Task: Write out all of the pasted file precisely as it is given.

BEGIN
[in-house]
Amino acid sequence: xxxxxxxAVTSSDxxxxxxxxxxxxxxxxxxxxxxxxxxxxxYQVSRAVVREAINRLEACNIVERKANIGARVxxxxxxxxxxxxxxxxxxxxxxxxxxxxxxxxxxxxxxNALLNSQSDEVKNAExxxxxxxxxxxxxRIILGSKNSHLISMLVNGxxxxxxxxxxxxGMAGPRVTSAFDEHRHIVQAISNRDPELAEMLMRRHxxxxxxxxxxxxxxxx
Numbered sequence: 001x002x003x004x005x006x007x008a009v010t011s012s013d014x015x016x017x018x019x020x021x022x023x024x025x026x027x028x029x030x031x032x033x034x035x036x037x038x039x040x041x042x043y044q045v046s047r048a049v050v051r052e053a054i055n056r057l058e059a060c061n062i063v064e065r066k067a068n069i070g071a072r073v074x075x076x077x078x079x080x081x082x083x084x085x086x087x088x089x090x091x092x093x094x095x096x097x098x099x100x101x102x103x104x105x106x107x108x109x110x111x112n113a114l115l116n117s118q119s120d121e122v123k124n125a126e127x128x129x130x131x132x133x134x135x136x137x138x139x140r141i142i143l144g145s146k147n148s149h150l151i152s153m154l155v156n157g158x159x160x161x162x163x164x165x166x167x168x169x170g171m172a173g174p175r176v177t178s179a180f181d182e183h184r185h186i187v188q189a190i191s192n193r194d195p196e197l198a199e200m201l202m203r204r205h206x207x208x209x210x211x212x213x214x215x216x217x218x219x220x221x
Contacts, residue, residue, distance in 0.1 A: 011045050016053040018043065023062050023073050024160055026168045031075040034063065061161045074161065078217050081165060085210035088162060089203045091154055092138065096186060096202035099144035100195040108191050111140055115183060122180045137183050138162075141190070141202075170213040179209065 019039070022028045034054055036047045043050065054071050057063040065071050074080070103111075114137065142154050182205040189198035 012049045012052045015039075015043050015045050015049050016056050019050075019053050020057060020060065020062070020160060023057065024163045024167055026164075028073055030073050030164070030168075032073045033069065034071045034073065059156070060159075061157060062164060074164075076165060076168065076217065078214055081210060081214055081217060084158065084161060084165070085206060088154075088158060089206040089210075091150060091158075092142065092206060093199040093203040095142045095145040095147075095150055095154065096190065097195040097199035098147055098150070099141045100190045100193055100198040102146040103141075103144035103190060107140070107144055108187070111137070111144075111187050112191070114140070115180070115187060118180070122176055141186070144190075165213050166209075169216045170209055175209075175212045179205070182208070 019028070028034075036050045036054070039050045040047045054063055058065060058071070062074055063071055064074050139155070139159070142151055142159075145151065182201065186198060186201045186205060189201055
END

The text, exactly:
[in-house]
Amino acid sequence: xxxxxxxAVTSSDxxxxxxxxxxxxxxxxxxxxxxxxxxxxxYQVSRAVVREAINRLEACNIVERKANIGARVxxxxxxxxxxxxxxxxxxxxxxxxxxxxxxxxxxxxxxNALLNSQSDEVKNAExxxxxxxxxxxxxRIILGSKNSHLISMLVNGxxxxxxxxxxxxGMAGPRVTSAFDEHRHIVQAISNRDPELAEMLMRRHxxxxxxxxxxxxxxxx
Numbered sequence: 001x002x003x004x005x006x007x008a009v010t011s012s013d014x015x016x017x018x019x020x021x022x023x024x025x026x027x028x029x030x031x032x033x034x035x036x037x038x039x040x041x042x043y044q045v046s047r048a049v050v051r052e053a054i055n056r057l058e059a060c061n062i063v064e065r066k067a068n069i070g071a072r073v074x075x076x077x078x079x080x081x082x083x084x085x086x087x088x089x090x091x092x093x094x095x096x097x098x099x100x101x102x103x104x105x106x107x108x109x110x111x112n113a114l115l116n117s118q119s120d121e122v123k124n125a126e127x128x129x130x131x132x133x134x135x136x137x138x139x140r141i142i143l144g145s146k147n148s149h150l151i152s153m154l155v156n157g158x159x160x161x162x163x164x165x166x167x168x169x170g171m172a173g174p175r176v177t178s179a180f181d182e183h184r185h186i187v188q189a190i191s192n193r194d195p196e197l198a199e200m201l202m203r204r205h206x207x208x209x210x211x212x213x214x215x216x217x218x219x220x221x
Contacts, residue, residue, distance in 0.1 A: 011045050016053040018043065023062050023073050024160055026168045031075040034063065061161045074161065078217050081165060085210035088162060089203045091154055092138065096186060096202035099144035100195040108191050111140055115183060122180045137183050138162075141190070141202075170213040179209065 019039070022028045034054055036047045043050065054071050057063040065071050074080070103111075114137065142154050182205040189198035 012049045012052045015039075015043050015045050015049050016056050019050075019053050020057060020060065020062070020160060023057065024163045024167055026164075028073055030073050030164070030168075032073045033069065034071045034073065059156070060159075061157060062164060074164075076165060076168065076217065078214055081210060081214055081217060084158065084161060084165070085206060088154075088158060089206040089210075091150060091158075092142065092206060093199040093203040095142045095145040095147075095150055095154065096190065097195040097199035098147055098150070099141045100190045100193055100198040102146040103141075103144035103190060107140070107144055108187070111137070111144075111187050112191070114140070115180070115187060118180070122176055141186070144190075165213050166209075169216045170209055175209075175212045179205070182208070 019028070028034075036050045036054070039050045040047045054063055058065060058071070062074055063071055064074050139155070139159070142151055142159075145151065182201065186198060186201045186205060189201055